InqScribe’s ability to export transcripts to Final Cut Pro has made it particularly useful for documentary filmmakers working in multiple languages. In this latest guest blog, part of our ongoing series highlighting how folks use InqScribe, Carlos Sandoval, an award-winning filmmaker, talks about how they’re using it with their latest project.
Got an interesting story about how you’re using InqScribe? Please contact us at firstname.lastname@example.org if you’d like to highlight your work.
The Arizona Project
We are currently working on a feature documentary tentatively titled THE ARIZONA PROJECT. The film takes on Arizona’s current struggle with illegal immigration and presents it from all sides of the issue: from the perspective of the recent immigrants, to that of native Arizonans who are seeing their communities change. Because we are dealing with material in both English and Spanish, InqScribe has been invaluable for our editorial and post production tasks.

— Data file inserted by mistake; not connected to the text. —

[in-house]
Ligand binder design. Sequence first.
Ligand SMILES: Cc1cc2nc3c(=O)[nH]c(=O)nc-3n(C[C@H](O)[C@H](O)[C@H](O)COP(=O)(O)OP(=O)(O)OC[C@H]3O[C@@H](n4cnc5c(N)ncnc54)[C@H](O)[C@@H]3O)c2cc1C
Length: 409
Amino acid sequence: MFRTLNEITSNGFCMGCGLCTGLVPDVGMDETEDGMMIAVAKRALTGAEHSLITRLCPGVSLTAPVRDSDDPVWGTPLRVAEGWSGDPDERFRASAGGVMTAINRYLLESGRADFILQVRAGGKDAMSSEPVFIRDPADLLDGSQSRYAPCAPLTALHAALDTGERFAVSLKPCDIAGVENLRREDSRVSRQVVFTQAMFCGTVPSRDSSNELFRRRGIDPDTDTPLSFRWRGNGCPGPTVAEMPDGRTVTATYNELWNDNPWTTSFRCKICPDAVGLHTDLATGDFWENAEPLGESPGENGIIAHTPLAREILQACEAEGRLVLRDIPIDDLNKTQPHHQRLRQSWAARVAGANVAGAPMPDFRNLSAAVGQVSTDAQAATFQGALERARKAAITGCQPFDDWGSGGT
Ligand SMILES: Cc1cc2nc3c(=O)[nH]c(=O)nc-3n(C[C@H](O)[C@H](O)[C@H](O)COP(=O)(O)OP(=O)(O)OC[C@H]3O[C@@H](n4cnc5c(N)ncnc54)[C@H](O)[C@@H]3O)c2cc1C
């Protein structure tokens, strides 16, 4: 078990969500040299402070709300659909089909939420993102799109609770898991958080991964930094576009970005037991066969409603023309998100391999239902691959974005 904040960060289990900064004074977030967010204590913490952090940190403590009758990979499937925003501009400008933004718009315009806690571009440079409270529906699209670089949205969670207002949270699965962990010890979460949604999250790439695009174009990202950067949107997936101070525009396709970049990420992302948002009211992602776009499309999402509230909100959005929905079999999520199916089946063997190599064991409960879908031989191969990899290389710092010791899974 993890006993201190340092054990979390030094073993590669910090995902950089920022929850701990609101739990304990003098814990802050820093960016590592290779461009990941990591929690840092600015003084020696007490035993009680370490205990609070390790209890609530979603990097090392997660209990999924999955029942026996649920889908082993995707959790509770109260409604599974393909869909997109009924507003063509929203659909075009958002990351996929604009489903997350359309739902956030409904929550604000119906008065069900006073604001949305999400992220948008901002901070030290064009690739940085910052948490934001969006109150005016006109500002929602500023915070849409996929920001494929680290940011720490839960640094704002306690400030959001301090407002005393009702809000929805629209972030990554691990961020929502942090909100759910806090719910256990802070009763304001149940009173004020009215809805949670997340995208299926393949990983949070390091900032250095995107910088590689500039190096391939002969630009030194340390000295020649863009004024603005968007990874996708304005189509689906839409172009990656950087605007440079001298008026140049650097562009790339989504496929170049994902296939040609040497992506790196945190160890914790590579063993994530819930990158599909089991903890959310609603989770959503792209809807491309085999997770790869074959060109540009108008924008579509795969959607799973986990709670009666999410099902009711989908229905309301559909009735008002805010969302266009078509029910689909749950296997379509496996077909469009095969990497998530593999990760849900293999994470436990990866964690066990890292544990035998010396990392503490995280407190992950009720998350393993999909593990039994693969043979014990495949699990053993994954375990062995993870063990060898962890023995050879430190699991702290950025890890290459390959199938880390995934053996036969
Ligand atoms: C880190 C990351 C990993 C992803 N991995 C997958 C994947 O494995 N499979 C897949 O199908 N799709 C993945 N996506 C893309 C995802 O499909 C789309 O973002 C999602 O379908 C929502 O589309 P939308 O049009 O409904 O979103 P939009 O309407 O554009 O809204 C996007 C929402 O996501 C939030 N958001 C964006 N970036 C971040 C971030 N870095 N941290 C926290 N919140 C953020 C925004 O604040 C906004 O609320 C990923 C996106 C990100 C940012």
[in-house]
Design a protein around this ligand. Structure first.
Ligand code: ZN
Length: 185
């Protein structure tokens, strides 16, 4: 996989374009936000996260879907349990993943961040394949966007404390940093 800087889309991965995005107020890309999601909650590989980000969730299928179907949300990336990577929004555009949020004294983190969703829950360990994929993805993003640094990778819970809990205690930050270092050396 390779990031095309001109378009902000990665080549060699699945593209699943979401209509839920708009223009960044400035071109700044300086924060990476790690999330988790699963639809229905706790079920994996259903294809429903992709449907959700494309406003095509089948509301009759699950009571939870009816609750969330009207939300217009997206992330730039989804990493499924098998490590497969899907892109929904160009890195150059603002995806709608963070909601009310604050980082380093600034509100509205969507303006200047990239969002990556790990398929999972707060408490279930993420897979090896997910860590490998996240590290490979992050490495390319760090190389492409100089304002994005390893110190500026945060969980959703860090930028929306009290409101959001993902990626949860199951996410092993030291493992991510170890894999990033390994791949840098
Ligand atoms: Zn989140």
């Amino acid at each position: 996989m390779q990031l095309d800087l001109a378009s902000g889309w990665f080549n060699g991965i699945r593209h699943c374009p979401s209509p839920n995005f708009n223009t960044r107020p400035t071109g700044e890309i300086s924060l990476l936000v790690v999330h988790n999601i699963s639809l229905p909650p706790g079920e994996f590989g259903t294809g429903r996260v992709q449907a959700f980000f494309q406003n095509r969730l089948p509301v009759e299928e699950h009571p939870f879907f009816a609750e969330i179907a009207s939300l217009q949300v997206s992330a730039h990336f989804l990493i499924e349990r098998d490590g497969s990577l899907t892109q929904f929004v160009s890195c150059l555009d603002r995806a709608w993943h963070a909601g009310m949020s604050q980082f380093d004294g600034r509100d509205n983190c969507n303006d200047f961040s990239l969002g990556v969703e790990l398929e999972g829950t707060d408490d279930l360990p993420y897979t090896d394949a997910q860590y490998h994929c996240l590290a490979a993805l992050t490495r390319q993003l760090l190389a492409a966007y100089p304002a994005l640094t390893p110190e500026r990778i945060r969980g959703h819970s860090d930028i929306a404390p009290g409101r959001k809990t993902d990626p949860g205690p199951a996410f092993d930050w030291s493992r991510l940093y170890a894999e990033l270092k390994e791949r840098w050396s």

InqScribe allows us to quickly and easily access our footage and to create timecode specific documents that will reference said footage. This allows us to best isolate the material that will shape our story. We can create transcriptions of our interviews in English, and translations of those in Spanish. Even more importantly, we can create subtitles in InqScribe that quickly and easily get imported into Final Cut Pro saving us (literally) hours and hours of time. This versatility is instrumental for a project like ours.
Thank you for making such a great product and for helping to bridge the gap between Spanish and English speakers. I wish we’d have had InqScribe when we were working on our award-winning film, Farmingville.
Camino Bluff Productions, Inc.
752 West End Ave., 2F | New York, NY 10025
p. 212 666 3266 | f. 212 864 4313
email@example.com | www.CaminoBluff.com